You take the
good, you take the bad

You take the
            good, you take the bad

The Facts of Life is finally available on
DVD—sort of. Sony Home Entertainment has
released the first two seasons of this iconic chick-com
(29 episodes, from 1979 to 1981), revealing the troubled
birth of this enduring classic in all its harshly lit,
cringingly scripted glory. Most fans remember that the
show began as a Diff’rent Strokes spin-off,
and so Gary Coleman (freakishly cute with dead-on timing),
Todd Bridges, and the late Dana Plato trudge
pointlessly in and out of the pilot—they forced
Gary to come back for the season 2 premiere as
well—as the Drummonds’ daffy
warm-hearted maid, Edna Garrett (Charlotte Rae), takes a
job as a housemother at Eastland, an exclusive upstate
private girls school that Kimberly (Plato) supposedly
attended despite her ubiquitous presence at the
Strokes Manhattan penthouse.

Both shows were
produced by Norman Lear’s socially conscious Tandem
Productions, but season 1 might as well be another series
entirely. The first season sets new records in
earnest, laugh-lite situation comedy. Every frigging
episode deals with some life-changing crucial issue, so
the series understandably feels like an Afterschool
marathon: There are way too many
characters for the writers to serve, making it almost
impossible for them to concentrate on jokes. Everyone
remembers Molly Ringwald as one of Mrs. Garrett’s
charges. Luckily for her, not many remember her
horrible suspender-centric outfits, bad
precocious-child-star line readings, and—most
hilariously—the mushroom haircut later co-opted
by Tootie (Kim Fields, the only actor besides Rae who
has a clue).

The pilot is
actually fairly astounding, and astoundingly offensive:
Tomboy athlete Cindy is taunted by her classmates for
“touching and hugging other girls” too
much and generally being a little dyke. Despite her
resemblance to a pigtailed Ricky Schroeder, Cindy decries
these cruel aspersions and ends up in a dress, going
to the dance just as feminine as you please. The
lesbian-in-training character was too juicy to pass up,
but since no one had heard of lipstick lesbians in 1980, the
show was forced to can Cindy (and Molly and Nancy and
Sue Ann—whose extensive collection of hot pants
will delight Roman Polanski if Sony releases these
episodes in France) in favor of Nancy McKeon as scrappy
scholarship urchin Jo, a Polish chick with more
testosterone than Chachi and the comedic chops to
handle the ham-fisted Bronx dialogue provided by a new
writing staff of borscht belt hacks.

Oddly enough,
megabutch Jo is portrayed as fairly boy-crazy in the first
half of the infinitely more satisfying season 2. Her desire
to pick up men at the local honky-tonk is the
premise-making MacGuffin in the two-part season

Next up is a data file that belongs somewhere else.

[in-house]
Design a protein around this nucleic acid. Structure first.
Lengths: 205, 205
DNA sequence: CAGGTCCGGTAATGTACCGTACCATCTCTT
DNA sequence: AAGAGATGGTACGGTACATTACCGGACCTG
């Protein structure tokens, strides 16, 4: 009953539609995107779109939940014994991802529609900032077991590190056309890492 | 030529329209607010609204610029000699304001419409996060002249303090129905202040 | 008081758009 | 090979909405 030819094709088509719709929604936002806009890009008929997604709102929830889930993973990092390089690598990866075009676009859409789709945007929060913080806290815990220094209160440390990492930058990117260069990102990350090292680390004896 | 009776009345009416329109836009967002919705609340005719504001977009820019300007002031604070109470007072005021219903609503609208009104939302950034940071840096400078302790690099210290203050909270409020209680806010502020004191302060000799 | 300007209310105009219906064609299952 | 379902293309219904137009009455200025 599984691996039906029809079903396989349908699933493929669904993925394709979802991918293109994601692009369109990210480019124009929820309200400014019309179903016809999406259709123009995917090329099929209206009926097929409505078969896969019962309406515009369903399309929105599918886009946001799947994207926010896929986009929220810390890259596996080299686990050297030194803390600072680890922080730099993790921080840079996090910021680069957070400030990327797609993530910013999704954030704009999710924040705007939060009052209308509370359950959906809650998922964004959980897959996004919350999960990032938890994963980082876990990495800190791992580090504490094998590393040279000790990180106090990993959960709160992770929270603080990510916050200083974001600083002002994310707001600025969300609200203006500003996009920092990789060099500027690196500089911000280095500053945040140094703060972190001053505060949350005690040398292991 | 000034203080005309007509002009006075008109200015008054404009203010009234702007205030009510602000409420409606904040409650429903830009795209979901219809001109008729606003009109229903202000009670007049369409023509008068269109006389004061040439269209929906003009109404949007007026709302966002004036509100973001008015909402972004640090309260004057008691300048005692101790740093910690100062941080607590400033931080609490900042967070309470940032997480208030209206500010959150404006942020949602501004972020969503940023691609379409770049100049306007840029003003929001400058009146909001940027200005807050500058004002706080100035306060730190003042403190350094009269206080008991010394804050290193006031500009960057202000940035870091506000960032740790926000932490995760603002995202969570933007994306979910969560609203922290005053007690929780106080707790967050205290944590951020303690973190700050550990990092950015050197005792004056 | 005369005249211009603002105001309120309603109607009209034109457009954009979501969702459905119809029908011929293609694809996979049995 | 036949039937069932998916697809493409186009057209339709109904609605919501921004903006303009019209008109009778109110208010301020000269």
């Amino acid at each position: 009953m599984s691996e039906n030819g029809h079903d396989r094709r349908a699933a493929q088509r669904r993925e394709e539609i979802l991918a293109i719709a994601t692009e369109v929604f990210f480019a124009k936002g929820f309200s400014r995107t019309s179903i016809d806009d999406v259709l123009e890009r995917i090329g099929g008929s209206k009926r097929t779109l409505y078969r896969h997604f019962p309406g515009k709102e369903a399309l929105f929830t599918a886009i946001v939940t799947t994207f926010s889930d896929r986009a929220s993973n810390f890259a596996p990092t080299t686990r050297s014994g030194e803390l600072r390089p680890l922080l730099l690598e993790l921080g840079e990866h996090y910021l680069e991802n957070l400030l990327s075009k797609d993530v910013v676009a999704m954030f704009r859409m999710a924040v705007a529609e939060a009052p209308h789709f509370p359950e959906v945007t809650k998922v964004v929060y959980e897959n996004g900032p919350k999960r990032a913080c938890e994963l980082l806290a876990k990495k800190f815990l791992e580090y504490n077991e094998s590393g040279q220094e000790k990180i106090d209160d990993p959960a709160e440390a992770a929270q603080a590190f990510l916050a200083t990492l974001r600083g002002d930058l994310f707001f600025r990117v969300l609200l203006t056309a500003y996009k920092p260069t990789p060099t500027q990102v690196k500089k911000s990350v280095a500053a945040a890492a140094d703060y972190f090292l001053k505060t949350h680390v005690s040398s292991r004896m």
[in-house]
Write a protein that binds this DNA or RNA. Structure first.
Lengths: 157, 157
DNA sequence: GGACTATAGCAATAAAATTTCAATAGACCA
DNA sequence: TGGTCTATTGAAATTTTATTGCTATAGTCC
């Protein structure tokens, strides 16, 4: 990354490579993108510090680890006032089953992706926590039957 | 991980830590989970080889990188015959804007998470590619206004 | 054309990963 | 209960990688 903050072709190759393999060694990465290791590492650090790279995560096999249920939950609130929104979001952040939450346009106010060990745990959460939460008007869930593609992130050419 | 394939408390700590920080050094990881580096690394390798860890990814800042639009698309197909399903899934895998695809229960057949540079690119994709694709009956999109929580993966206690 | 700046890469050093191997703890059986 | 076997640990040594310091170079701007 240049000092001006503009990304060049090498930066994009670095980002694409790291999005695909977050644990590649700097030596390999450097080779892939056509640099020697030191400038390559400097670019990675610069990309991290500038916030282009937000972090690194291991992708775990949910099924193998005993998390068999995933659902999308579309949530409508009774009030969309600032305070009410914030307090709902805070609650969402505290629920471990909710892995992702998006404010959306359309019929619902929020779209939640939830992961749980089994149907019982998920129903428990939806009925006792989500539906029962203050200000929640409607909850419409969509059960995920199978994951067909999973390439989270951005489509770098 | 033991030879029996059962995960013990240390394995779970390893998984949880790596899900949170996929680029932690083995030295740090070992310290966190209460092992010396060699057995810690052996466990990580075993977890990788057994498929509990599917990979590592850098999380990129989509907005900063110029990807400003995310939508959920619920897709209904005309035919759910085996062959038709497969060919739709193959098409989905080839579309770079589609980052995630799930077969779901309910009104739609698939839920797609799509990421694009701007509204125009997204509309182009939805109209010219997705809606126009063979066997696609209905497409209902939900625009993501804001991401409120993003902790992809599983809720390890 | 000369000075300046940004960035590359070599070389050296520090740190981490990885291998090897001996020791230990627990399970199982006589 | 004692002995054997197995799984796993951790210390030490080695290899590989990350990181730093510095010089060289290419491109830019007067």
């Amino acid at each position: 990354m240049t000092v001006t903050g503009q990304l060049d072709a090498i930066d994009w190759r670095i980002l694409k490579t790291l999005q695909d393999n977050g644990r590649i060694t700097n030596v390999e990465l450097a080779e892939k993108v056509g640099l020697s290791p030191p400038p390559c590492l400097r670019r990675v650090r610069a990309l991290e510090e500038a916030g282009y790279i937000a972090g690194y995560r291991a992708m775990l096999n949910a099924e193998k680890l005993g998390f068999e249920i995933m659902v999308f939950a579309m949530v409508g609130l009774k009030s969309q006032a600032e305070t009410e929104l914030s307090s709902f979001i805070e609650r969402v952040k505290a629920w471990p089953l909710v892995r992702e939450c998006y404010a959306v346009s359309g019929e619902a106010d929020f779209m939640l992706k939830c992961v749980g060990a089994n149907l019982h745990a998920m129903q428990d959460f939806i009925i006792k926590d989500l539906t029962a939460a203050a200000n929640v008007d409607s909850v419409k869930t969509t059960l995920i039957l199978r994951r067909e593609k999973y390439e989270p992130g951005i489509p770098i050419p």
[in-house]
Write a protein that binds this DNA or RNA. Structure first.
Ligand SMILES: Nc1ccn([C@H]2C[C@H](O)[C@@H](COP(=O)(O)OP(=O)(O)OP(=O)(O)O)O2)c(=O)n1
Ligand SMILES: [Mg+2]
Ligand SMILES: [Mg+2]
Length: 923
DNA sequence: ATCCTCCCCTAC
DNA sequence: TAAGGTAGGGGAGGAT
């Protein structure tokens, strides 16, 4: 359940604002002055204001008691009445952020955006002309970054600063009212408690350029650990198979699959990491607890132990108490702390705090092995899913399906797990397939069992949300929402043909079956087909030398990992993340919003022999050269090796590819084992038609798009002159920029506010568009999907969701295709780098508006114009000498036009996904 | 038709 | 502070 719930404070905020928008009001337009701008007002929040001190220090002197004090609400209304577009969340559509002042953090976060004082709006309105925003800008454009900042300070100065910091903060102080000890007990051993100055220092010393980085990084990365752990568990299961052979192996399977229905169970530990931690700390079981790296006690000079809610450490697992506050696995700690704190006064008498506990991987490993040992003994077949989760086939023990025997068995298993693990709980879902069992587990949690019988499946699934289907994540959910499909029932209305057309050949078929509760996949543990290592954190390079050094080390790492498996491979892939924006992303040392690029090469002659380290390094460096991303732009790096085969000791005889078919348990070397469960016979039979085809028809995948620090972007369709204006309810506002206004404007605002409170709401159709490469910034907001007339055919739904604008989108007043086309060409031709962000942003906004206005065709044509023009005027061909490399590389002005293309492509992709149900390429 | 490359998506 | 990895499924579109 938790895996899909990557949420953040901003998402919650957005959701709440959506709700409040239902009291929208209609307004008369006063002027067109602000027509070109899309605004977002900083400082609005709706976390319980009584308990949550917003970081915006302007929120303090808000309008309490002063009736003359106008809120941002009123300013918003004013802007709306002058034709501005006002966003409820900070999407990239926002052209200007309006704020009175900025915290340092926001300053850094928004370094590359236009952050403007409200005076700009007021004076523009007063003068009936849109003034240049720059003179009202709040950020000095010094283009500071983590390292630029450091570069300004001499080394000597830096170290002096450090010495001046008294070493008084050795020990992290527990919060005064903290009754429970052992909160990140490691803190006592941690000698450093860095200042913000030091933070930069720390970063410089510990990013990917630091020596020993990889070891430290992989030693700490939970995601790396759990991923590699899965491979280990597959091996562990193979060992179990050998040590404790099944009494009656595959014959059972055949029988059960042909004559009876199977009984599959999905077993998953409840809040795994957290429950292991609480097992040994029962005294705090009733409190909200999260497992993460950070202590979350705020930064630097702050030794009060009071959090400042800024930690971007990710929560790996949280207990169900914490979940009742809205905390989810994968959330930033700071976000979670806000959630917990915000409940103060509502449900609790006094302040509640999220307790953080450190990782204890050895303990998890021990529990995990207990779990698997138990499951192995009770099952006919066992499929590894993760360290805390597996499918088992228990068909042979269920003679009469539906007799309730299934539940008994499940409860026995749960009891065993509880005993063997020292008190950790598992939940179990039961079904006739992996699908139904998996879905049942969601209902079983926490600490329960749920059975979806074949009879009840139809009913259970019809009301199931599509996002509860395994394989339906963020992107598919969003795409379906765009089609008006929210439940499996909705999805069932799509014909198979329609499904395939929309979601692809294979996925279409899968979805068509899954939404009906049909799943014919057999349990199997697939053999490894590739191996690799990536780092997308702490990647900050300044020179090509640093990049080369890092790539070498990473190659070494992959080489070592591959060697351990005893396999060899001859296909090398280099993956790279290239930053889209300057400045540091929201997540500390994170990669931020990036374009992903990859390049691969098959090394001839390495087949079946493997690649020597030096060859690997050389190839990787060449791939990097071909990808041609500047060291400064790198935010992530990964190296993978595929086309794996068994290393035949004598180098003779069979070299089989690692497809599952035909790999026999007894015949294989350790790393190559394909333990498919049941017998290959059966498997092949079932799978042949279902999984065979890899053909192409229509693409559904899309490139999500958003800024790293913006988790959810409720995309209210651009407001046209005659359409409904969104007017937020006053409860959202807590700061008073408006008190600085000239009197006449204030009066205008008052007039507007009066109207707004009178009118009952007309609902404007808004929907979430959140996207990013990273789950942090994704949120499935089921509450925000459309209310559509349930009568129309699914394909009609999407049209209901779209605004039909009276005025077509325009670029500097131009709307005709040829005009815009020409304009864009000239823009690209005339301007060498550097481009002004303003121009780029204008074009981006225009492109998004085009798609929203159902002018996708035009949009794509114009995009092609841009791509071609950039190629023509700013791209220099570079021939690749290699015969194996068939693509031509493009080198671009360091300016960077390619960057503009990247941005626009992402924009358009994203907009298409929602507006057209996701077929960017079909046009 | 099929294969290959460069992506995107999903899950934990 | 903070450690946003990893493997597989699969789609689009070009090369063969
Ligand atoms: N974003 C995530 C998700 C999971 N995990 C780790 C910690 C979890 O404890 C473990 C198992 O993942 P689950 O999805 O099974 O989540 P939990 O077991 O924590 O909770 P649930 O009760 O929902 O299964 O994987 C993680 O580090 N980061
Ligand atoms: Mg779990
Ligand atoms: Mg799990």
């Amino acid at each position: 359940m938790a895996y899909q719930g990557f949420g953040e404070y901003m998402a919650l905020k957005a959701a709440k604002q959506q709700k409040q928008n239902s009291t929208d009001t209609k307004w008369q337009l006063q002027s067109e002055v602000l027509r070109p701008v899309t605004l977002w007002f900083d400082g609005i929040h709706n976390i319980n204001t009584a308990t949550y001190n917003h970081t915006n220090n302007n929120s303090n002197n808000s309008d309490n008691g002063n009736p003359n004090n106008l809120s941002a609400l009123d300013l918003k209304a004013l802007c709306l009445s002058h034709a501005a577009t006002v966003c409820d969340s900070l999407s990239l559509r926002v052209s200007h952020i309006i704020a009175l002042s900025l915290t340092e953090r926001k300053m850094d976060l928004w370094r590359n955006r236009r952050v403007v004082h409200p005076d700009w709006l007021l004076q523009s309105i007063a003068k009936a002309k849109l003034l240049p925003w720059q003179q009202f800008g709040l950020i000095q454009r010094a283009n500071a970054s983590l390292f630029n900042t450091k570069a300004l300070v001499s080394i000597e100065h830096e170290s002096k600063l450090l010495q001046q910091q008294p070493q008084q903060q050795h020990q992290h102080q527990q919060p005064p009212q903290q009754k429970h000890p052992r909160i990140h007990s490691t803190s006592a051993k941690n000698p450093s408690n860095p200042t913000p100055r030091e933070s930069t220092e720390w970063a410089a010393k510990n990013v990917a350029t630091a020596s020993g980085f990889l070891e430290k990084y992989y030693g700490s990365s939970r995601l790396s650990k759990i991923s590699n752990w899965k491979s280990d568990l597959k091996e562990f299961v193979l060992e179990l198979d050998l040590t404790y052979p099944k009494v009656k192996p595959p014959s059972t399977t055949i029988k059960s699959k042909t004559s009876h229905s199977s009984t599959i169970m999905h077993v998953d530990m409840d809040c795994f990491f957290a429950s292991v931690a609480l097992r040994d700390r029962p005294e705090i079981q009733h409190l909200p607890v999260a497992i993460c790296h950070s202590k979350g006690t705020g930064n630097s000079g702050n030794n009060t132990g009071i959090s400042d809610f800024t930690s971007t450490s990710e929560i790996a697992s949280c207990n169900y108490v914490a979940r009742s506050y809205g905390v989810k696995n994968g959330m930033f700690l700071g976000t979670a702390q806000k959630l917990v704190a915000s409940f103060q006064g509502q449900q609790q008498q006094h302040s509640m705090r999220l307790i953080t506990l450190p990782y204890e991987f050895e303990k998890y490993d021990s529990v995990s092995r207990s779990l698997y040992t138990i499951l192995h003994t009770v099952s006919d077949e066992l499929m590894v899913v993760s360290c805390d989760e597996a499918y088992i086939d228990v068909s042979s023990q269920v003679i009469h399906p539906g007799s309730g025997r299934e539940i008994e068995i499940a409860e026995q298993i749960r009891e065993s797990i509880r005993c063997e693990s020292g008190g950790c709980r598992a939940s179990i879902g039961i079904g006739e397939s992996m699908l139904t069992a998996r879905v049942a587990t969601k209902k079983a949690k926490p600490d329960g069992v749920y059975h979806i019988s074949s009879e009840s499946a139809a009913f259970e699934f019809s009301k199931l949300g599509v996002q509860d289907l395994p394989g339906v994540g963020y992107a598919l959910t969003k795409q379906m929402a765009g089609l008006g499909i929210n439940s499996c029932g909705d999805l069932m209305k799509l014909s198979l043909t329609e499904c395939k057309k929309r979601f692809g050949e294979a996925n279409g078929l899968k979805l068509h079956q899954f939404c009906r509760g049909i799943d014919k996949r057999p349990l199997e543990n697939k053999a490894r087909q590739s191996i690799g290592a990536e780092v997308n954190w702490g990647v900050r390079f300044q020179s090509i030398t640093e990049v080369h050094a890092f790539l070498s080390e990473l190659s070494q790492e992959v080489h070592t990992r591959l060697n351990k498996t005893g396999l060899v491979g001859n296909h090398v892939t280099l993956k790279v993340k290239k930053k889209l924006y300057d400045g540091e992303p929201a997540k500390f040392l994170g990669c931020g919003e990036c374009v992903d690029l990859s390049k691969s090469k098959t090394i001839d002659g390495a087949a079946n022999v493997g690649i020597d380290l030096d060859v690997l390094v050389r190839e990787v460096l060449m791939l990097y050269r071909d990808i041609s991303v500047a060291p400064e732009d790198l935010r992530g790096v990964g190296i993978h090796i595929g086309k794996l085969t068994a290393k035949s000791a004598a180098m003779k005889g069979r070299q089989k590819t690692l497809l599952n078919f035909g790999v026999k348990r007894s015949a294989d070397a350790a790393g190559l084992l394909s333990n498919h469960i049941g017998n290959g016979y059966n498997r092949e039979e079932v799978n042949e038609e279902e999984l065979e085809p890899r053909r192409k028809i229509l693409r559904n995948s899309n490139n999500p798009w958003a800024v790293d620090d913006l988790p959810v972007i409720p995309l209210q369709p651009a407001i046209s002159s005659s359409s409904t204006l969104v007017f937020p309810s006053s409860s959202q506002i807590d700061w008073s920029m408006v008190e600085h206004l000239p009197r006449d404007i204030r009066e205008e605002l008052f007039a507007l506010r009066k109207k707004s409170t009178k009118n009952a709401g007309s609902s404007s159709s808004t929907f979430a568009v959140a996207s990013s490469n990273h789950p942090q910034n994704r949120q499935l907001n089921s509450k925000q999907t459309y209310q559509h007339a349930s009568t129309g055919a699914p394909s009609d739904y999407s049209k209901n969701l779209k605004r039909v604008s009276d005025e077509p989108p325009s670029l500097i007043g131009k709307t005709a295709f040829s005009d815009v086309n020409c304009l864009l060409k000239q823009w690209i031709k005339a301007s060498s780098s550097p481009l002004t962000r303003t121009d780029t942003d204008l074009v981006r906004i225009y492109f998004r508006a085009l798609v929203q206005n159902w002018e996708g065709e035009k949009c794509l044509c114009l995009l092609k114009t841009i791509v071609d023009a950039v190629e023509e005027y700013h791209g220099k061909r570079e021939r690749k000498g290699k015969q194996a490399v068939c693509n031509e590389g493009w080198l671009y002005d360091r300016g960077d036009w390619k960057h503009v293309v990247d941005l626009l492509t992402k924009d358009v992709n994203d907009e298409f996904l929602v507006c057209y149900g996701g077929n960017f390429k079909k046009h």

opener. Jo dares Blair to accompany her with fake IDs to
the Chug-a-Lug Bar in the “borrowed” Eastland
van, with Tootie and Natalie along to spy on the
cock-teasing antics through the bar’s window.
Naturally, the tough Tootsie and her snotty blond pal strike
out and get busted by an undercover cop and a
shrieking Mrs. G. The gals face expulsion unless they
agree to a perverse punishment: Rooming together above
the school cafeteria and working off the damages to the van
by slaving away in food service. And so a series is
born, although exactly how one van could sustain
enough damage to warrant seven seasons of slave labor
is never explained.

Season 2 sees the
show settling in to its enduring formula of gritty,
issue-oriented life lessons, including teen marriage, racial
identity—will Tootie reject her white dance partner,
repulsive discoing nerd David Coburn?—date
rape, and disability, with Geri Jewell’s debut as
Blair’s cerebral palsy–afflicted comedienne
cousin, all written by 60-ish old guys who probably
considered Charlotte Rae a hot tomato.

Advocate readers can enjoy situation comedy’s
longest lesbian romance: Tough chick Jo and prissy,
drag-queeny Blair. Nancy McKeon is still so freaked
out by her bravura butchness on Facts that she
refuses to discuss the show and won’t appear in
reunion movies or E! True Hollywood Stories.
Lisa Whelchel—now a scary suburban Jesus-freak
mom whose campy, hilariously severe child-discipline book
Creative Correction is basically Spanking for
—lacks the irony to realize her
position in lesbian pop cultural history and blithely
appears in the too-brief Special Feature retrospectives
included on the DVD. She really does have reason to
celebrate; Lisa actually looks fabulous in season 1
(season 2 began her swift decline into Miss

It’s great
fun to read a covert relationship between Blair and Jo, and
the show always stuns you with a line here and a weird look
there, making you think Norman Lear intended this all
along and was sitting in his office pulling the puppet
strings as part of some crazy subversive pro-lesbian

What we really
need is seasons 3 and 4 released, pronto. The show hit its
stride in 1981–1983, with classic episode after
classic episode, including Tootie nearly lured into a
teen prostitution ring and the infamous “cousin
Geri bangs the French teacher” one. Not to mention
the sapphic two-parter guest-starring Eve Plumb as
Blair’s stepsister, a shrill self-righteous nun
who almost steals Jo away for a lifelong pajama party
at the Peekskill Convent. The more copies of The Facts of
Life—The Complete First & Second Seasons

you purchase, the quicker they’ll release these
episodes. So hop to it, ladies!

Tags: World, World

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